> > > > Sent: Sunday, March 17, 2002 12:06 AM
> > > > To: Lucene Users List
> > > > Subject: Re: corrupted index
> > > > 
> > > > 
> > > > Oh, I just thought of something (wine does body good). 
> Perhaps one 
> > > > could use Runtime (the class) to catch the
> > JVM shutdown
> > > and
> > > > do whatever is needed to prevent index corruption. I
> > believe there
> > > are
> > > > some shutdown hook methods in there that may let you do 
> that. I'm
> > > too
> > > > lazy to look up the API docs now, but I rememeber reading about
> > > that
> > > > once, and perhaps it was even mentioned on one of the 2 Lucene
> > > mailing
> > > > lists.
> > > > 
> > > > On the other hand, it would be great to have a tool that
> > can verify
> > > an
> > > > existing index. I don't know enough about the actual file
> > > structure
> > > > yet to write something like that, but maybe somebody 
> else has done
> > > that
> > > > already or would like to contribute.
> > > > 
> > > > Otis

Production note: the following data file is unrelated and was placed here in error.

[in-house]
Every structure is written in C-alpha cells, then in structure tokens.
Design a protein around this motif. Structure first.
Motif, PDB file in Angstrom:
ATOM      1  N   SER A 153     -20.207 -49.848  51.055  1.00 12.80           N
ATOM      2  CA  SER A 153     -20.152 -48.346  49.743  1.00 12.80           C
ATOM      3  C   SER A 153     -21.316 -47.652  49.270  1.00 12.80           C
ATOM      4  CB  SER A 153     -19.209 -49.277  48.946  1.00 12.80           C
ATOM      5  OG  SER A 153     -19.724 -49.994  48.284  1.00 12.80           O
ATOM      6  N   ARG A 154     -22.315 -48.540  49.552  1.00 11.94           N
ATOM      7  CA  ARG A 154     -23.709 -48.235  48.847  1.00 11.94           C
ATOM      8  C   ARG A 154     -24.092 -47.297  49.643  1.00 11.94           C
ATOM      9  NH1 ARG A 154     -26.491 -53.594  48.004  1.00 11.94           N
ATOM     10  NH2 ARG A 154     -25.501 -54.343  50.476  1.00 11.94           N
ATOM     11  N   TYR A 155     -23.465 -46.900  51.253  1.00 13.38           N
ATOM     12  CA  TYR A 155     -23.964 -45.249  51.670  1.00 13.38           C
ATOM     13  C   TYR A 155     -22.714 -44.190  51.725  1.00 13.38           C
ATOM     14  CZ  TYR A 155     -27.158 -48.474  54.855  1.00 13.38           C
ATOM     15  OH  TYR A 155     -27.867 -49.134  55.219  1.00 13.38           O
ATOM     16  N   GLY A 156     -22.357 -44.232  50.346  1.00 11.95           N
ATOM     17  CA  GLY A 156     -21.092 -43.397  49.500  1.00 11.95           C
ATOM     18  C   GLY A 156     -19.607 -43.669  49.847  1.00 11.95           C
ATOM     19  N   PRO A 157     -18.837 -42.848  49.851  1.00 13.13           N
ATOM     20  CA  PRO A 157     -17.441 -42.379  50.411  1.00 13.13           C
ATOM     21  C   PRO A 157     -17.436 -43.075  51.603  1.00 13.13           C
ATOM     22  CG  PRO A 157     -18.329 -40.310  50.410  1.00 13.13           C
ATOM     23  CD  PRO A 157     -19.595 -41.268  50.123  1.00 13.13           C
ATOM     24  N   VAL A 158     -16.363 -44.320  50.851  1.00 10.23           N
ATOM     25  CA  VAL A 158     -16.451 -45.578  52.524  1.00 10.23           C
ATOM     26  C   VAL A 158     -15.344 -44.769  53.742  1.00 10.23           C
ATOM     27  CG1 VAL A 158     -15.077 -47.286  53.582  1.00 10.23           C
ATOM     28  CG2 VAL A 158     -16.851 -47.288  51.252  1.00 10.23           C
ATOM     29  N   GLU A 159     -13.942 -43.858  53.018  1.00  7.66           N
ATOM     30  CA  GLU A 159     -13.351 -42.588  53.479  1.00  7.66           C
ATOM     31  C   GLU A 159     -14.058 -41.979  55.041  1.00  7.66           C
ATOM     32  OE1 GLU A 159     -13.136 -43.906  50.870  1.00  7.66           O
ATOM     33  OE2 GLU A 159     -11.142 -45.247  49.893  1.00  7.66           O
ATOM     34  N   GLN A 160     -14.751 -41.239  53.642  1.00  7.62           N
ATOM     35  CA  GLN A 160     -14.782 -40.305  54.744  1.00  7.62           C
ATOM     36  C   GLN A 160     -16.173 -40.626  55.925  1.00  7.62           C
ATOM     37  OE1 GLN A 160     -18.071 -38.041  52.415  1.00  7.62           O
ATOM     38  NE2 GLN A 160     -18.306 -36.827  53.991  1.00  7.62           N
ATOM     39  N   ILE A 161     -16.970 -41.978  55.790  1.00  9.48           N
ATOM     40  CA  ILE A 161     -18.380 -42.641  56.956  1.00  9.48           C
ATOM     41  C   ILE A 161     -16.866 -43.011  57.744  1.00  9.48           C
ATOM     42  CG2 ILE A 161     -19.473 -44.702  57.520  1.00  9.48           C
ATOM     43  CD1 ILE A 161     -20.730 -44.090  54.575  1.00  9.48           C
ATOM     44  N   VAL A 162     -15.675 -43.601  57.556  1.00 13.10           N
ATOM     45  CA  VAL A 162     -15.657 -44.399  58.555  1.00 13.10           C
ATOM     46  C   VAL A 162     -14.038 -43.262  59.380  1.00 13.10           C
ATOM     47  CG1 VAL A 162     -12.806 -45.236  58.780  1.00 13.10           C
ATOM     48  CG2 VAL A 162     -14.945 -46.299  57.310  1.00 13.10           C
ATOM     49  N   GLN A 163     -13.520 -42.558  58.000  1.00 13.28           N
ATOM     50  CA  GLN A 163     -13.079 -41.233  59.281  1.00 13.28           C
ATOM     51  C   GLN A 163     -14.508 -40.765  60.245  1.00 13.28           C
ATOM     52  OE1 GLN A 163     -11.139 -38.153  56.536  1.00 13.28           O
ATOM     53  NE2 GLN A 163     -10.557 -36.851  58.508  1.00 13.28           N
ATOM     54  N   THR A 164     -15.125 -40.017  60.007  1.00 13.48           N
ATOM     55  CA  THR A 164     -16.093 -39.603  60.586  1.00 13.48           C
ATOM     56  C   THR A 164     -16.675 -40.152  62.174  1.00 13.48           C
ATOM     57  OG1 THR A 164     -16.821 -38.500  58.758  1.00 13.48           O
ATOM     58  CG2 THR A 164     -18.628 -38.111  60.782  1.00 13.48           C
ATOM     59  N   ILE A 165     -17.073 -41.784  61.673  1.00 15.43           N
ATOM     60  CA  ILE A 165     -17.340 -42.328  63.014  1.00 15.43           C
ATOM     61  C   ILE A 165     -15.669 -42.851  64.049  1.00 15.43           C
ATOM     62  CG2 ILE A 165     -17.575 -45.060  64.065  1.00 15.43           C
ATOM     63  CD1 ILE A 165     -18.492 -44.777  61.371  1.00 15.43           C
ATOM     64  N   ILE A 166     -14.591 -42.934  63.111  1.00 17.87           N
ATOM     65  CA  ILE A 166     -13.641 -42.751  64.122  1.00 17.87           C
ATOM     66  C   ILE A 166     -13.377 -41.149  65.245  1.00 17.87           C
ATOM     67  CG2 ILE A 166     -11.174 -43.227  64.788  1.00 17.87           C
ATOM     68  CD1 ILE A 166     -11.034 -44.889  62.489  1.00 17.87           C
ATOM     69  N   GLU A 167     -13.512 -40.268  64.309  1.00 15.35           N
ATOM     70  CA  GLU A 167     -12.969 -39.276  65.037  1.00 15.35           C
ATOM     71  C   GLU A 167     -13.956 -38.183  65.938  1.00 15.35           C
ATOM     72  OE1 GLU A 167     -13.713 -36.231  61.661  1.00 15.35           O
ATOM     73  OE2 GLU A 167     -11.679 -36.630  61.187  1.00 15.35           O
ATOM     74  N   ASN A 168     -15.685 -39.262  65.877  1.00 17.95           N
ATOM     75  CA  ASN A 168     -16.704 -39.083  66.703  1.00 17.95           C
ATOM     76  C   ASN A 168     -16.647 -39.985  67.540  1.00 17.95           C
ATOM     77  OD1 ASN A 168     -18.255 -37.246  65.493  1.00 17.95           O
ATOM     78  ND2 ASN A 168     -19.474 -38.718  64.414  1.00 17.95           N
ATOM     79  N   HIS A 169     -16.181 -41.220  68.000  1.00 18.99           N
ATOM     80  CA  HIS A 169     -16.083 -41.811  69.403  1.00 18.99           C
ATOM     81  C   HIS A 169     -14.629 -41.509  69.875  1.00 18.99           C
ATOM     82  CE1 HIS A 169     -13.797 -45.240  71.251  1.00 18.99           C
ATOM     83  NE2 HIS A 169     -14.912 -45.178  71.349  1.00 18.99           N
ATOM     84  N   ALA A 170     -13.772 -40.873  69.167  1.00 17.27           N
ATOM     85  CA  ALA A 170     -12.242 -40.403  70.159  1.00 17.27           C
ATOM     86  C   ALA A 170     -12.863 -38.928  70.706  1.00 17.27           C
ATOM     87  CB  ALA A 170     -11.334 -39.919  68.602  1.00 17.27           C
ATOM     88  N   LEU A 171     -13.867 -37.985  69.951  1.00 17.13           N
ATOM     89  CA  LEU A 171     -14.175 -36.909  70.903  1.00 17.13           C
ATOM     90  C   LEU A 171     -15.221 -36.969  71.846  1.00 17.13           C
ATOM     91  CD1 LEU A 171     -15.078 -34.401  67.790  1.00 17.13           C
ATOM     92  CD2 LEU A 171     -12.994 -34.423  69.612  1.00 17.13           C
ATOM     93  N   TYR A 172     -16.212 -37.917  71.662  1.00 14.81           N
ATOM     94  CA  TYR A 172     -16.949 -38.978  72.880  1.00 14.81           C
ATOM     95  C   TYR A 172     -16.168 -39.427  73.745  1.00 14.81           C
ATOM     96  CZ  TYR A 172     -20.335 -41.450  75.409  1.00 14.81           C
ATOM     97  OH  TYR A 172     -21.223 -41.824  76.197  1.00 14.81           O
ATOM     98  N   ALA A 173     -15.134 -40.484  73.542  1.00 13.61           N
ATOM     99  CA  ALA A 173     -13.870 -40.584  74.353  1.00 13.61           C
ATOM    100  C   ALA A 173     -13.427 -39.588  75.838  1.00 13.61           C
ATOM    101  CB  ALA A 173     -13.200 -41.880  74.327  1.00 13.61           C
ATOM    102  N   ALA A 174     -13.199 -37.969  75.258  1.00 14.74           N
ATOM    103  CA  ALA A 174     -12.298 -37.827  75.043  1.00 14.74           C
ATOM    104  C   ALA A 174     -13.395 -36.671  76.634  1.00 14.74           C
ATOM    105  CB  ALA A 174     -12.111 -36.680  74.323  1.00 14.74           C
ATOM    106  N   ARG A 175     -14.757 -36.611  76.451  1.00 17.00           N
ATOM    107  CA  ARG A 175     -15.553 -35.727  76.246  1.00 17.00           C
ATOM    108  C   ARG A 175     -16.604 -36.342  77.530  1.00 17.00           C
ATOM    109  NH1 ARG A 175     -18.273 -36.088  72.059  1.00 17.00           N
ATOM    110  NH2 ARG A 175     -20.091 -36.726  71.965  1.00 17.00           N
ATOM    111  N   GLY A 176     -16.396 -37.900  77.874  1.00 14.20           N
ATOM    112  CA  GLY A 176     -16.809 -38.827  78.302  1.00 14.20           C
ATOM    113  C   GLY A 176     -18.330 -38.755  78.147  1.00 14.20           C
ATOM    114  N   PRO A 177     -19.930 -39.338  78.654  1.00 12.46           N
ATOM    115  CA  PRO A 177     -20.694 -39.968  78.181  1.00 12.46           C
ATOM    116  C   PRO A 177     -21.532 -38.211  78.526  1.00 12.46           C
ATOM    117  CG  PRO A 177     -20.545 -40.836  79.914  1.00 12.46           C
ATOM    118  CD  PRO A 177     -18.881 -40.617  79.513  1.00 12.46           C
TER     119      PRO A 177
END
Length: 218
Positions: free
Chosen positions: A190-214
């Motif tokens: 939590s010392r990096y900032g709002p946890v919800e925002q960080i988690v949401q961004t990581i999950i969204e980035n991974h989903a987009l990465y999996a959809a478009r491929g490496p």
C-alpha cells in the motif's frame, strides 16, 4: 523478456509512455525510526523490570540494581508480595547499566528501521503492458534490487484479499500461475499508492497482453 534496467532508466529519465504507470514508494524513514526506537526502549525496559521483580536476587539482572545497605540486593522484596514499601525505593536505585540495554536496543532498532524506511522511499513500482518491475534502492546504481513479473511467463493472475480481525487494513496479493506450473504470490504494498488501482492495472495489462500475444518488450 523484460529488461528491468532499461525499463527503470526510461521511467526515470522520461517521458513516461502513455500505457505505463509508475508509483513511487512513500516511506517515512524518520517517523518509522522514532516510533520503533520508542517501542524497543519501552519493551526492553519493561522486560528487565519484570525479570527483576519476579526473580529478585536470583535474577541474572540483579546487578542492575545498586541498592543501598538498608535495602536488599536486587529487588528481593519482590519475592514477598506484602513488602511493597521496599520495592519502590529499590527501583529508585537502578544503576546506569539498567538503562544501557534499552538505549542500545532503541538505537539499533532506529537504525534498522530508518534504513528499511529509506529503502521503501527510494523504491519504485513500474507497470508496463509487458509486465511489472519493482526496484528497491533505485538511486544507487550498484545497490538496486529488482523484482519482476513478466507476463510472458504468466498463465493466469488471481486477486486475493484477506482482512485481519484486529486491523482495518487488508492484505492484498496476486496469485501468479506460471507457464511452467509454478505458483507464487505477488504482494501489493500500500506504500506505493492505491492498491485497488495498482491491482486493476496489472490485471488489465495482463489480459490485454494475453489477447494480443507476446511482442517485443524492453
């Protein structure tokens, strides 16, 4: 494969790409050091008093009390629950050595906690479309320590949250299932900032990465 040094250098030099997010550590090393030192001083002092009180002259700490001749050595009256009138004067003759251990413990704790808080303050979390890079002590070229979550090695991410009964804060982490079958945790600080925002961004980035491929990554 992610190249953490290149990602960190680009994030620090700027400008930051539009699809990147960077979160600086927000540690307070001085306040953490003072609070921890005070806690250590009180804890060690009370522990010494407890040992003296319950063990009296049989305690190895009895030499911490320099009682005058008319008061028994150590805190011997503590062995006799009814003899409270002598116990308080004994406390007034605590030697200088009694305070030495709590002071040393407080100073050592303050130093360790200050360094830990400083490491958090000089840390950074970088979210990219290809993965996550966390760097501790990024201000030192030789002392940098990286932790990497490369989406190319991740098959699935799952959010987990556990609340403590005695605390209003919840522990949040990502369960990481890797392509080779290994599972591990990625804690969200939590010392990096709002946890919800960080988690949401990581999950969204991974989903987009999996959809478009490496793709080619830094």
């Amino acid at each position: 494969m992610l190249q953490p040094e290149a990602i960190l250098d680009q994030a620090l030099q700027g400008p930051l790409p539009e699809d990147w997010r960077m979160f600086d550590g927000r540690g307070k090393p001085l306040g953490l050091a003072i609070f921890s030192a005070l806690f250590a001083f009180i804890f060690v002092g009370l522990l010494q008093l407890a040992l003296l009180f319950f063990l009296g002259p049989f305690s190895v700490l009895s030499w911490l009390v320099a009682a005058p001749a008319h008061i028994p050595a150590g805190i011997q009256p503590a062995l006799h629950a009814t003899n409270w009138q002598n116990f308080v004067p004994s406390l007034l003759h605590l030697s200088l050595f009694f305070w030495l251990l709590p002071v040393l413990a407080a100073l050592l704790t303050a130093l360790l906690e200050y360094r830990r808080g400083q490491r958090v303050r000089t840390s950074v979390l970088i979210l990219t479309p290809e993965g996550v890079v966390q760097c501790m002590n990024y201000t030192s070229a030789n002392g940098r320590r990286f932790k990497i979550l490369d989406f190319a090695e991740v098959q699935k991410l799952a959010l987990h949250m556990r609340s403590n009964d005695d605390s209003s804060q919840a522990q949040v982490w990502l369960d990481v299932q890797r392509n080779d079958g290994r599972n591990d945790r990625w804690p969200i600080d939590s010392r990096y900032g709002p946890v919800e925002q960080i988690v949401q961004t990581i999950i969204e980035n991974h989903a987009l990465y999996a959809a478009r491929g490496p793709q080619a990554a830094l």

> > > > 
> > > > 
> > > > --- "Steven J. Owens" <puffmail@darksleep.com> wrote:
> > > > > Otis,
> > > > >
> > > > > > You can remove the .lock file and try re-indexing or
> > continuing
> > > > > > indexing where you left off.
> > > > > > I am not sure about the corrupt index. I have never seen it
> > > > > happen,
> > > > > > and I believe I recall reading some messages from 
> Doug Cutting
> > > > > saying
> > > > > > that index should never be left in an inconsistent state.
> > > > >
> > > > > Obviously never "should" be, but if something's 
> pulling the
> > > rug
> > > > > out from under his JRE, changes could be only 
> partially written, 
> > > > > right?
> > > > >
> > > > > Or is the writing format in some sense
> > transactionally safe?
> > > > > I've never worked directly on something like this, 
> but I worked
> > > at a
> > > > > database software company where they used transaction 
> semantics
> > > and a
> > > > > journaling scheme to fake a "bulletproof" file 
> system. Is this
> > > how
> > > > > the index-writing code is implemented?
> > > > >
> > > > > In general, I can guess Doug's response - just
> > torch the old